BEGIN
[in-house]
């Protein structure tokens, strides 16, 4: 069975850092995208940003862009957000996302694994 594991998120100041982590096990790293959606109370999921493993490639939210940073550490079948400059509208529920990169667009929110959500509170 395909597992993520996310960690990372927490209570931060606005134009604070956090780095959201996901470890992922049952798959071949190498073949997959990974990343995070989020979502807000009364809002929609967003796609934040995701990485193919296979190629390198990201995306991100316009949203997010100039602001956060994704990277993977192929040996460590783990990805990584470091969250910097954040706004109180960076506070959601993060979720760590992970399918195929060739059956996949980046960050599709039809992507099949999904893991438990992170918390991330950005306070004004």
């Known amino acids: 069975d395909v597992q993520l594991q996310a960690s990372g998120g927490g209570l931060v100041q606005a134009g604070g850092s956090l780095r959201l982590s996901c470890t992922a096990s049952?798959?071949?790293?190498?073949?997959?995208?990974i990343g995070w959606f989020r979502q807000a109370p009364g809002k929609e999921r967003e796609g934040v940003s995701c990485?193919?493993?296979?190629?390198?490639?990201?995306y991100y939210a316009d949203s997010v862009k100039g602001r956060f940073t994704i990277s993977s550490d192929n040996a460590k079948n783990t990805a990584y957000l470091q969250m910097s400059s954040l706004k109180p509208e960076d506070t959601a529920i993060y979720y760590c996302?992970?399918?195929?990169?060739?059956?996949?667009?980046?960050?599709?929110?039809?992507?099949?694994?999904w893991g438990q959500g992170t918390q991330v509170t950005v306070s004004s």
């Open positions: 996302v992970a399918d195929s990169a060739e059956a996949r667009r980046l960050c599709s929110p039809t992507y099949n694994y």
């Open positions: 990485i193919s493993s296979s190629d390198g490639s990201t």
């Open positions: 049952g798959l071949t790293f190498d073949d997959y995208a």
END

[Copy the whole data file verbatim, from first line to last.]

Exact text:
[in-house]
């Protein structure tokens, strides 16, 4: 069975850092995208940003862009957000996302694994 594991998120100041982590096990790293959606109370999921493993490639939210940073550490079948400059509208529920990169667009929110959500509170 395909597992993520996310960690990372927490209570931060606005134009604070956090780095959201996901470890992922049952798959071949190498073949997959990974990343995070989020979502807000009364809002929609967003796609934040995701990485193919296979190629390198990201995306991100316009949203997010100039602001956060994704990277993977192929040996460590783990990805990584470091969250910097954040706004109180960076506070959601993060979720760590992970399918195929060739059956996949980046960050599709039809992507099949999904893991438990992170918390991330950005306070004004």
């Known amino acids: 069975d395909v597992q993520l594991q996310a960690s990372g998120g927490g209570l931060v100041q606005a134009g604070g850092s956090l780095r959201l982590s996901c470890t992922a096990s049952?798959?071949?790293?190498?073949?997959?995208?990974i990343g995070w959606f989020r979502q807000a109370p009364g809002k929609e999921r967003e796609g934040v940003s995701c990485?193919?493993?296979?190629?390198?490639?990201?995306y991100y939210a316009d949203s997010v862009k100039g602001r956060f940073t994704i990277s993977s550490d192929n040996a460590k079948n783990t990805a990584y957000l470091q969250m910097s400059s954040l706004k109180p509208e960076d506070t959601a529920i993060y979720y760590c996302?992970?399918?195929?990169?060739?059956?996949?667009?980046?960050?599709?929110?039809?992507?099949?694994?999904w893991g438990q959500g992170t918390q991330v509170t950005v306070s004004s």
């Open positions: 996302v992970a399918d195929s990169a060739e059956a996949r667009r980046l960050c599709s929110p039809t992507y099949n694994y």
């Open positions: 990485i193919s493993s296979s190629d390198g490639s990201t």
């Open positions: 049952g798959l071949t790293f190498d073949d997959y995208a």